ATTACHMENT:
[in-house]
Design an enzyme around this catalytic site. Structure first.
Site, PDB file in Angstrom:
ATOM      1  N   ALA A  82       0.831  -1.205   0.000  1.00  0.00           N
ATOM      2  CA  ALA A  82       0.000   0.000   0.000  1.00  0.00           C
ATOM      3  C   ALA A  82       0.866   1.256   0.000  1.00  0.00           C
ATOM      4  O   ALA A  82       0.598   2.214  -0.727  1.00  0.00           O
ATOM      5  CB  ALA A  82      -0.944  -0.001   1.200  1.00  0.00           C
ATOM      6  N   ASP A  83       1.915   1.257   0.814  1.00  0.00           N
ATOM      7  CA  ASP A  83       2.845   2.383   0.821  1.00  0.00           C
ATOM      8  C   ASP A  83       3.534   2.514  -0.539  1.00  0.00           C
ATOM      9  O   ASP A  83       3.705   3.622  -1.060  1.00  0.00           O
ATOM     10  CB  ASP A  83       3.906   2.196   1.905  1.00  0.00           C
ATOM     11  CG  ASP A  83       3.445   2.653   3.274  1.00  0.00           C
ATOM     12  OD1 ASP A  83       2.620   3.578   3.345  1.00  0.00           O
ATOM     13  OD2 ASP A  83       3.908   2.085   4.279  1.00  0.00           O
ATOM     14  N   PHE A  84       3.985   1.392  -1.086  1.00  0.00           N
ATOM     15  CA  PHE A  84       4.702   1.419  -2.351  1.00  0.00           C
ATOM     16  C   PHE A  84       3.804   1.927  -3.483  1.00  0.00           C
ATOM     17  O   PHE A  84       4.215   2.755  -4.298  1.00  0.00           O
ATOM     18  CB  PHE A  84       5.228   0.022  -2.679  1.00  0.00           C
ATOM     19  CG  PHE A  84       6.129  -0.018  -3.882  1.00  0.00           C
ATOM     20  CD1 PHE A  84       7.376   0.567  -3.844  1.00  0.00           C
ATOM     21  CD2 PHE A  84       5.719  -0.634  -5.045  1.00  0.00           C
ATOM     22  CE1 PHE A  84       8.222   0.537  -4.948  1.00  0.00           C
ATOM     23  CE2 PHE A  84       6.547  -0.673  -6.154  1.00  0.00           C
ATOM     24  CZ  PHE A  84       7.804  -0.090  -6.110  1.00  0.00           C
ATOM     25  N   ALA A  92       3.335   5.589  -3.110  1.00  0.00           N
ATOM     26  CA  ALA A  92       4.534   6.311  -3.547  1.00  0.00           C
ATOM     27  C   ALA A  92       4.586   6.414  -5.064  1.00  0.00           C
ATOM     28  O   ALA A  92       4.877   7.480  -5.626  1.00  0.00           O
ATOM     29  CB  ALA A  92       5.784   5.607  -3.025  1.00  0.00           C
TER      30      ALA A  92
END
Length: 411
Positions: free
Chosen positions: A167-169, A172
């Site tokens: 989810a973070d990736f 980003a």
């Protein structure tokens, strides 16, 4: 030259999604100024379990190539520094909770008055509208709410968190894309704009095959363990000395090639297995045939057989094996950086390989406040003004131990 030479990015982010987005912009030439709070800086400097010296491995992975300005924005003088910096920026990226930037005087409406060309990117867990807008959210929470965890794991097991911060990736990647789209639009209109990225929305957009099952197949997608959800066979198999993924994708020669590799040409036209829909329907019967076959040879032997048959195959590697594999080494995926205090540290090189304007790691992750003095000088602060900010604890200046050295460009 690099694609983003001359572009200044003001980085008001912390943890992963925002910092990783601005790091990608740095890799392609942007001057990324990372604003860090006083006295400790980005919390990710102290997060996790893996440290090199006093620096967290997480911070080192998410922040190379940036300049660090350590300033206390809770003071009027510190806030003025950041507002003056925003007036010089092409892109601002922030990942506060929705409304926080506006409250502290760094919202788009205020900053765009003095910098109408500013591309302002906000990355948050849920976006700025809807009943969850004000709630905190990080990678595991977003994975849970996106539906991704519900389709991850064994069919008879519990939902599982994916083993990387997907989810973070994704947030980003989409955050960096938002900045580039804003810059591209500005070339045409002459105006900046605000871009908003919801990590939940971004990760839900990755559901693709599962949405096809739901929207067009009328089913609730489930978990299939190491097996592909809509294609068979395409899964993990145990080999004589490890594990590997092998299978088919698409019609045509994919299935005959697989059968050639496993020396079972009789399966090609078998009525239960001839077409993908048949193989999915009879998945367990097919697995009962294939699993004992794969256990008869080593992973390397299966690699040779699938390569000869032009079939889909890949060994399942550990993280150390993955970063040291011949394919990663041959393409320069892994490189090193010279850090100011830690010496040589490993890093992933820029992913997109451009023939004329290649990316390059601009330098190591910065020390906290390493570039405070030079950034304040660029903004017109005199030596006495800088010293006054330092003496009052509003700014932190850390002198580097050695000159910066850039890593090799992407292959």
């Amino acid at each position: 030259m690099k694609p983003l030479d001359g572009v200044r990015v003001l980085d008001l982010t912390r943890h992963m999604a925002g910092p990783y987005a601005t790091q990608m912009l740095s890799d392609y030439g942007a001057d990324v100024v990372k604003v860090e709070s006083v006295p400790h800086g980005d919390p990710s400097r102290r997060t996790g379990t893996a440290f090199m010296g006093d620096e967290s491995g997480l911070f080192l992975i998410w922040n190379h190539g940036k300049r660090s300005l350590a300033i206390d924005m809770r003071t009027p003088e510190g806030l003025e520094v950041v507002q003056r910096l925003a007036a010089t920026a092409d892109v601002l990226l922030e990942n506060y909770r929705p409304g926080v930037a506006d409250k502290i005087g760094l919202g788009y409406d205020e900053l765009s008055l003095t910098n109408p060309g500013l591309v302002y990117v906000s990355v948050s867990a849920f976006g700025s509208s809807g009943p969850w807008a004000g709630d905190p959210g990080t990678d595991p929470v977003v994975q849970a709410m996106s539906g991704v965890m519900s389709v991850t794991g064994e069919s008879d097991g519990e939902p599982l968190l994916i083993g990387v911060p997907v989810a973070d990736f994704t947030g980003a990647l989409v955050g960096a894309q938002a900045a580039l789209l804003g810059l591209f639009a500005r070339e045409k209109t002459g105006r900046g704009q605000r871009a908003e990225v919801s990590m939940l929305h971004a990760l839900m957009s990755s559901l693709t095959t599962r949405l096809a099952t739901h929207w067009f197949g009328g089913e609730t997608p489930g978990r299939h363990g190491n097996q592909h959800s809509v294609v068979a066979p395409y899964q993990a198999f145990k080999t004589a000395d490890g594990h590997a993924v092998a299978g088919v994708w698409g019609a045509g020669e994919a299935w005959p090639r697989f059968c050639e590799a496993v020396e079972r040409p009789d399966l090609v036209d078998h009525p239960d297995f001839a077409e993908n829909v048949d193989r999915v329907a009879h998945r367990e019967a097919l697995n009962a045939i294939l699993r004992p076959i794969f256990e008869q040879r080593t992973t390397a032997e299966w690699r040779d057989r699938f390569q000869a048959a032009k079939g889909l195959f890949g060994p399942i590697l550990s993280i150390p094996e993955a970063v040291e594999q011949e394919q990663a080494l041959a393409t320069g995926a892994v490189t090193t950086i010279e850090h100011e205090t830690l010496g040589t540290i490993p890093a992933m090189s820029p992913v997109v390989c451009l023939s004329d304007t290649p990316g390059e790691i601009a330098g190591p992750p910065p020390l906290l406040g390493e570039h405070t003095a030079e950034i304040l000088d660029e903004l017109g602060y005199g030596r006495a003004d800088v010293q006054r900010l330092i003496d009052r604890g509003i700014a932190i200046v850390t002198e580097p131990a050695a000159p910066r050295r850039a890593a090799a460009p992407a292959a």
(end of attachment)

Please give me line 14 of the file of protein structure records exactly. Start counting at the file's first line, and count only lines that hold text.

ATOM     11  CG  ASP A  83       3.445   2.653   3.274  1.00  0.00           C